“Silence can carve out an inner space in our very depths to enable God to dwell there, so that his Word will remain within us and love for Him will take root in our minds and hearts and inspire our life.” By realizing our need to seek God with trusting prayer when faced with difficulties, we are freed from our self-sufficiency. All our inner resources are put into play, and our communion with those around us is strengthened. God’s silence, the fact that He does not always intervene immediately to resolve our problems, awakens the dynamism of human freedom; it summons us to take charge of our own life and realize our responsibility for those around us, for their specific needs. “The power that changes the world and transforms it into the Kingdom of God, in silence and without fanfare, is faith―and prayer is the expression of faith … God cannot change things without our conversion, and our true conversion starts with the ‘cry’ of the soul imploring forgiveness and salvation.”
In Jesus’ teaching, prayer is always seen as a dialogue between a child and his heavenly Father, in which petition holds a very important place (cf. Lk 11:5-11; Mt 7:7-11). A child who knows that his Father always listens to him, but that what is promised is not so much an escape from suffering or sickness, but rather the gift of the Holy Spirit (Lk 11:13). The answer with which God always comes to our help is the Gift of the Spirit of Love. This is a much more precious gift than any earthly solution to our problems. It is a gift that ought to be accepted with filial faith and that does not cancel out the need for human effort in confronting difficulties. With God the dark valleys that we sometimes have to cross aren’t automatically illumined with light; we continue walking, perhaps still fearfully, but with a trusting fear: I fear no evil for thou art with me (Ps 23:4).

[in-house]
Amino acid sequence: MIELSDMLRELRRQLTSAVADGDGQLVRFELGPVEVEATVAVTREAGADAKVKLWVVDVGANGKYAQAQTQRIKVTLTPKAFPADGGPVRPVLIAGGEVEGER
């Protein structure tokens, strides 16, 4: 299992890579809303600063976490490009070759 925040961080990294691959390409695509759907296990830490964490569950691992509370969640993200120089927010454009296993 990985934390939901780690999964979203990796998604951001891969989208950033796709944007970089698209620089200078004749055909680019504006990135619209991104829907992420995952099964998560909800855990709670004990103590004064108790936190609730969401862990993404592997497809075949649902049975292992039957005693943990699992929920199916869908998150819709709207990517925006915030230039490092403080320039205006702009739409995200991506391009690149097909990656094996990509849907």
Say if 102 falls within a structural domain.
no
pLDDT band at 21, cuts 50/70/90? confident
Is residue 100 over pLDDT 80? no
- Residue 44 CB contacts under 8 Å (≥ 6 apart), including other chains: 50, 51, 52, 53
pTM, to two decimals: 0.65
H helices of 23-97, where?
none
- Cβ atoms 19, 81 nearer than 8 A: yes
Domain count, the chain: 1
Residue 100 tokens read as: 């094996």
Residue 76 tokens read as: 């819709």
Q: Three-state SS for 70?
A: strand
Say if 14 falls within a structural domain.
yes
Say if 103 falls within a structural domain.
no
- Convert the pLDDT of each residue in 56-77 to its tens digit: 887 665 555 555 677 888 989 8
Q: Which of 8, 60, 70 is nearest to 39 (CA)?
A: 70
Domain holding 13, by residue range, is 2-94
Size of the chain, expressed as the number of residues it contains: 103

This way of acting on God’s part, which stirs up our determination and trust, can be seen in the way God has accomplished his Revelation in history. We can recall here Abraham, who leaves his country and sets out for an unknown land, trusting in the divine promise, without knowing where God is leading him (cf. Gen 12:1-4). We see the trust of the People of Israel in God’s salvation, even when all human hope seems lost (cf. Esther 4:17). We witness the serene flight of the Holy Family to Egypt (cf. Mt 2:13-15), when God seems to submit to the caprices of a provincial monarch. Moreover, thinking that those who were eye-witnesses to Jesus’ life found it easier to believe does not correspond to reality, because not even those who saw Christ in person were spared the serious choice of either believing or not believing in Him, of recognising in Him God’s presence and action. Many passages in the New Testament show us how that decision was far from obvious.